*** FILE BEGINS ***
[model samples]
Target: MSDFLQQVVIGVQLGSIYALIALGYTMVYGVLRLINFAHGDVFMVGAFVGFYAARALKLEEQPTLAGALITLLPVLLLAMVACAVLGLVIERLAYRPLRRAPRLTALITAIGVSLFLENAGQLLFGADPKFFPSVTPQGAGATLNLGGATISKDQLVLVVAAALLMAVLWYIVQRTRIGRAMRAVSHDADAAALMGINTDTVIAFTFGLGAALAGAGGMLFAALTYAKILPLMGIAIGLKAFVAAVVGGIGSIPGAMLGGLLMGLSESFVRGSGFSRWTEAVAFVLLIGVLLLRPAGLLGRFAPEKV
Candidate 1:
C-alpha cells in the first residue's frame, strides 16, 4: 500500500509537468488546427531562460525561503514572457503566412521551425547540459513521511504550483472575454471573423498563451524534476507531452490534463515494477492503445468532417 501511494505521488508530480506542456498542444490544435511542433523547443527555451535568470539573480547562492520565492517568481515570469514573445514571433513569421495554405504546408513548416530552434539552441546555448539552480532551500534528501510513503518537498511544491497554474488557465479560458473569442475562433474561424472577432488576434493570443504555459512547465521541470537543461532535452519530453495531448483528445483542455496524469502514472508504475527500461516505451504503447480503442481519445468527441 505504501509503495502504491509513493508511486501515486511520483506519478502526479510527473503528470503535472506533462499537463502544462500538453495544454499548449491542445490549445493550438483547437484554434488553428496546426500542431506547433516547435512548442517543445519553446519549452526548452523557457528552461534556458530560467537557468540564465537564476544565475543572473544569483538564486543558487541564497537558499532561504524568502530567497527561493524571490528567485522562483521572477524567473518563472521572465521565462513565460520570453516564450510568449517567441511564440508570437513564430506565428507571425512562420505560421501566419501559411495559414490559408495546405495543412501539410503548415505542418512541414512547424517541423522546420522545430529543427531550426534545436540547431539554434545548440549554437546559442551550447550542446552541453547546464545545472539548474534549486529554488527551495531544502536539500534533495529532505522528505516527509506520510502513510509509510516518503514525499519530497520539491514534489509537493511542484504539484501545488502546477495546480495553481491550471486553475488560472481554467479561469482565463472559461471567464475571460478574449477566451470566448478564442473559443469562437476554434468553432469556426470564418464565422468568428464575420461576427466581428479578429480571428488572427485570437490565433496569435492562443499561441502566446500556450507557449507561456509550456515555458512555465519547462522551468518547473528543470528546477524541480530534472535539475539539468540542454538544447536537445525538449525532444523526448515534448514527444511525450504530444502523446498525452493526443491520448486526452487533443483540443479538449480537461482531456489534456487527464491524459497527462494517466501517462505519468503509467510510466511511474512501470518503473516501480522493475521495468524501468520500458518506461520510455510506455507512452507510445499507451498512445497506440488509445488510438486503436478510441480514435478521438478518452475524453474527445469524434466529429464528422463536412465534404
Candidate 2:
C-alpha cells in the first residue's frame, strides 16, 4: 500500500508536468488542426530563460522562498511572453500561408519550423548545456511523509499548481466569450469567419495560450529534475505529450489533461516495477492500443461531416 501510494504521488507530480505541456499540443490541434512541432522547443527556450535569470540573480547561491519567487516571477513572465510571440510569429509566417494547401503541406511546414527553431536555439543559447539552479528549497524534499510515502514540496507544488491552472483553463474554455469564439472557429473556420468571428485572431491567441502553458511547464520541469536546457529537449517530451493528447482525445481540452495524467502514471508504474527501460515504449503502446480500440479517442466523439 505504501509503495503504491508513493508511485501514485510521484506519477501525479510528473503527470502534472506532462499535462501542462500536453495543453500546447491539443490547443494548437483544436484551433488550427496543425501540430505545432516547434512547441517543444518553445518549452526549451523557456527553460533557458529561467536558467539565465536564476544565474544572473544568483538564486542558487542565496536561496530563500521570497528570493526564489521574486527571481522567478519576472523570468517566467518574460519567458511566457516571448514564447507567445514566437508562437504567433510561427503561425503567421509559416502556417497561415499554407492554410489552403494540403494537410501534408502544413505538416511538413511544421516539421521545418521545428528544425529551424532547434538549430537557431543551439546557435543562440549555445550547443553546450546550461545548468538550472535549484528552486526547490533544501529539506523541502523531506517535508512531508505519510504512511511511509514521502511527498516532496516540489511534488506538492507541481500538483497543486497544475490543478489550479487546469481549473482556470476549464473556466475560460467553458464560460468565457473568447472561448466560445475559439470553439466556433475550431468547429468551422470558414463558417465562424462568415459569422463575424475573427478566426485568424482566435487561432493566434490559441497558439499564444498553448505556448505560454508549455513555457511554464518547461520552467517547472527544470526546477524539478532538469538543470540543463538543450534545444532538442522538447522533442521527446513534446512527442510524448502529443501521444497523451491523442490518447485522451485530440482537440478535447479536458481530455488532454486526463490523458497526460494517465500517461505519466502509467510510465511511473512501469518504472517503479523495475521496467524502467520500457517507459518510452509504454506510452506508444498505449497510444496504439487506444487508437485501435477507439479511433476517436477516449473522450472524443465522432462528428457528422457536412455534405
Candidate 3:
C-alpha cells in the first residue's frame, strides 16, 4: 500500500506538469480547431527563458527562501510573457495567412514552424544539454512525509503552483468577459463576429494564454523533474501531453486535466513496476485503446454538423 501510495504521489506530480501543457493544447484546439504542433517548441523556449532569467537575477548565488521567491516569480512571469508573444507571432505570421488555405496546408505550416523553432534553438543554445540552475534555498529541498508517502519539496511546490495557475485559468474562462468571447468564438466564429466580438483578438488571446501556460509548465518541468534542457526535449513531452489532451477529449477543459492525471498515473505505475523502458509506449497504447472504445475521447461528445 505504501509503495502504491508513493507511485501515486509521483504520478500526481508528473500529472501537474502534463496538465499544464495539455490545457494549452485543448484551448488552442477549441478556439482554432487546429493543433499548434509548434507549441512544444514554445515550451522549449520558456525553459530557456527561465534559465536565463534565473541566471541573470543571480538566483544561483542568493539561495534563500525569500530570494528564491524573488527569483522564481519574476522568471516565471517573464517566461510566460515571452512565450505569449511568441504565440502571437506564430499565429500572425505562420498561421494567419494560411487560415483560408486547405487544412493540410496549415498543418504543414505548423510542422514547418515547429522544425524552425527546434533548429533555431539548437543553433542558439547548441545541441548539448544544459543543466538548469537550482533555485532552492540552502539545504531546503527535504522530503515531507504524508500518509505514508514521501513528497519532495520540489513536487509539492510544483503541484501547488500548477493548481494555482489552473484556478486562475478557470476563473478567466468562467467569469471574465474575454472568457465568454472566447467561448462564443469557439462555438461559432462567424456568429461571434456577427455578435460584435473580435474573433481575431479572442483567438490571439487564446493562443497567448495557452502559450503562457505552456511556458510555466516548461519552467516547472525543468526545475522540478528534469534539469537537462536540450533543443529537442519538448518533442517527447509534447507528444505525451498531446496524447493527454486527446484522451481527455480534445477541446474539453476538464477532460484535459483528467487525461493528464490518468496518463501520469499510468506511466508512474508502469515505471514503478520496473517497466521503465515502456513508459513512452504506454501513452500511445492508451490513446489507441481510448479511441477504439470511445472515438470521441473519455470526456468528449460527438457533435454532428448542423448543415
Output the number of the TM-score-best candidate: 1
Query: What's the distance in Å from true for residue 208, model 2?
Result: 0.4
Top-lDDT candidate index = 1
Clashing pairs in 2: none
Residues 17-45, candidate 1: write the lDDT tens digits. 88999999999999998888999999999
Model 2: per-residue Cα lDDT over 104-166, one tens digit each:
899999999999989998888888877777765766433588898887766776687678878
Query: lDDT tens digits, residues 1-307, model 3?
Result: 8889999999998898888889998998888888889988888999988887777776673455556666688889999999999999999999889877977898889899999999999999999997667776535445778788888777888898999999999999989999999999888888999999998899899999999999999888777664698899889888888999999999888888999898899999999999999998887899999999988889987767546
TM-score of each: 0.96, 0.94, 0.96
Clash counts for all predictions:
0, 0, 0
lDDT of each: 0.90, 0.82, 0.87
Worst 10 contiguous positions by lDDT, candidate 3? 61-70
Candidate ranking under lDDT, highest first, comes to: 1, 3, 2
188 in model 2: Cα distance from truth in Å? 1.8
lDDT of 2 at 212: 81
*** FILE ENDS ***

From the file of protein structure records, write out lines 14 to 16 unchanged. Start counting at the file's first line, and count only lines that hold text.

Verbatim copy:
Residues 17-45, candidate 1: write the lDDT tens digits. 88999999999999998888999999999
Model 2: per-residue Cα lDDT over 104-166, one tens digit each:
899999999999989998888888877777765766433588898887766776687678878